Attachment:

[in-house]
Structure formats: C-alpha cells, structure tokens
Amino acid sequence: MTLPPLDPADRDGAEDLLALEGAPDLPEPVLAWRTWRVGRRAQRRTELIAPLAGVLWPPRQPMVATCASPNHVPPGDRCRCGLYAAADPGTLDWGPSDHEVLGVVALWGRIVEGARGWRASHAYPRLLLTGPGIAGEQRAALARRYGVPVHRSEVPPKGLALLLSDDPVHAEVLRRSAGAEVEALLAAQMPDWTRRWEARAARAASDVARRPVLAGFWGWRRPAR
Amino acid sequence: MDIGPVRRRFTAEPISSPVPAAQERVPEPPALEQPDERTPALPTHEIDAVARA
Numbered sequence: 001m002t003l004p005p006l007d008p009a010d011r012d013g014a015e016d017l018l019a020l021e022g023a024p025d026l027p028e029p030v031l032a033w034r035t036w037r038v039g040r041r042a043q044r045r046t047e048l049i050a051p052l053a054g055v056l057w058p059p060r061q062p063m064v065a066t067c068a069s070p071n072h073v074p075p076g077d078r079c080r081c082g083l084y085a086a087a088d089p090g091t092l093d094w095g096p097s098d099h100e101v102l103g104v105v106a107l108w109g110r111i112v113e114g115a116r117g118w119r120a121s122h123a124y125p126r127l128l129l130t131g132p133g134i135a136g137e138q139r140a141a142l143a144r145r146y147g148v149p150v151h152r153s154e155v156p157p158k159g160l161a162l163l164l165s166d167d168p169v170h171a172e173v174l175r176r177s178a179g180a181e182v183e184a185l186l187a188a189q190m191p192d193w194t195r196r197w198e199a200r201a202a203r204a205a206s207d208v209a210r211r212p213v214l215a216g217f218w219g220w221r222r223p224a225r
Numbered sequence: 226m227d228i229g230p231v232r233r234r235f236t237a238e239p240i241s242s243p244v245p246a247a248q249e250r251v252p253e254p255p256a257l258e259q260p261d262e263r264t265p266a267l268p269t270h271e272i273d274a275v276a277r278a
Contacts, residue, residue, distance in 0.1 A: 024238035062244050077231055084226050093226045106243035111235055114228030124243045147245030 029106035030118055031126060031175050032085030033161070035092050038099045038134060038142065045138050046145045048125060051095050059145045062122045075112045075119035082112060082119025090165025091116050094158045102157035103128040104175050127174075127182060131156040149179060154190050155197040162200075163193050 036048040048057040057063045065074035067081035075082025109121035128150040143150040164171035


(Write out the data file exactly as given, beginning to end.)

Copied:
[in-house]
Structure formats: C-alpha cells, structure tokens
Amino acid sequence: MTLPPLDPADRDGAEDLLALEGAPDLPEPVLAWRTWRVGRRAQRRTELIAPLAGVLWPPRQPMVATCASPNHVPPGDRCRCGLYAAADPGTLDWGPSDHEVLGVVALWGRIVEGARGWRASHAYPRLLLTGPGIAGEQRAALARRYGVPVHRSEVPPKGLALLLSDDPVHAEVLRRSAGAEVEALLAAQMPDWTRRWEARAARAASDVARRPVLAGFWGWRRPAR
Amino acid sequence: MDIGPVRRRFTAEPISSPVPAAQERVPEPPALEQPDERTPALPTHEIDAVARA
Numbered sequence: 001m002t003l004p005p006l007d008p009a010d011r012d013g014a015e016d017l018l019a020l021e022g023a024p025d026l027p028e029p030v031l032a033w034r035t036w037r038v039g040r041r042a043q044r045r046t047e048l049i050a051p052l053a054g055v056l057w058p059p060r061q062p063m064v065a066t067c068a069s070p071n072h073v074p075p076g077d078r079c080r081c082g083l084y085a086a087a088d089p090g091t092l093d094w095g096p097s098d099h100e101v102l103g104v105v106a107l108w109g110r111i112v113e114g115a116r117g118w119r120a121s122h123a124y125p126r127l128l129l130t131g132p133g134i135a136g137e138q139r140a141a142l143a144r145r146y147g148v149p150v151h152r153s154e155v156p157p158k159g160l161a162l163l164l165s166d167d168p169v170h171a172e173v174l175r176r177s178a179g180a181e182v183e184a185l186l187a188a189q190m191p192d193w194t195r196r197w198e199a200r201a202a203r204a205a206s207d208v209a210r211r212p213v214l215a216g217f218w219g220w221r222r223p224a225r
Numbered sequence: 226m227d228i229g230p231v232r233r234r235f236t237a238e239p240i241s242s243p244v245p246a247a248q249e250r251v252p253e254p255p256a257l258e259q260p261d262e263r264t265p266a267l268p269t270h271e272i273d274a275v276a277r278a
Contacts, residue, residue, distance in 0.1 A: 024238035062244050077231055084226050093226045106243035111235055114228030124243045147245030 029106035030118055031126060031175050032085030033161070035092050038099045038134060038142065045138050046145045048125060051095050059145045062122045075112045075119035082112060082119025090165025091116050094158045102157035103128040104175050127174075127182060131156040149179060154190050155197040162200075163193050 036048040048057040057063045065074035067081035075082025109121035128150040143150040164171035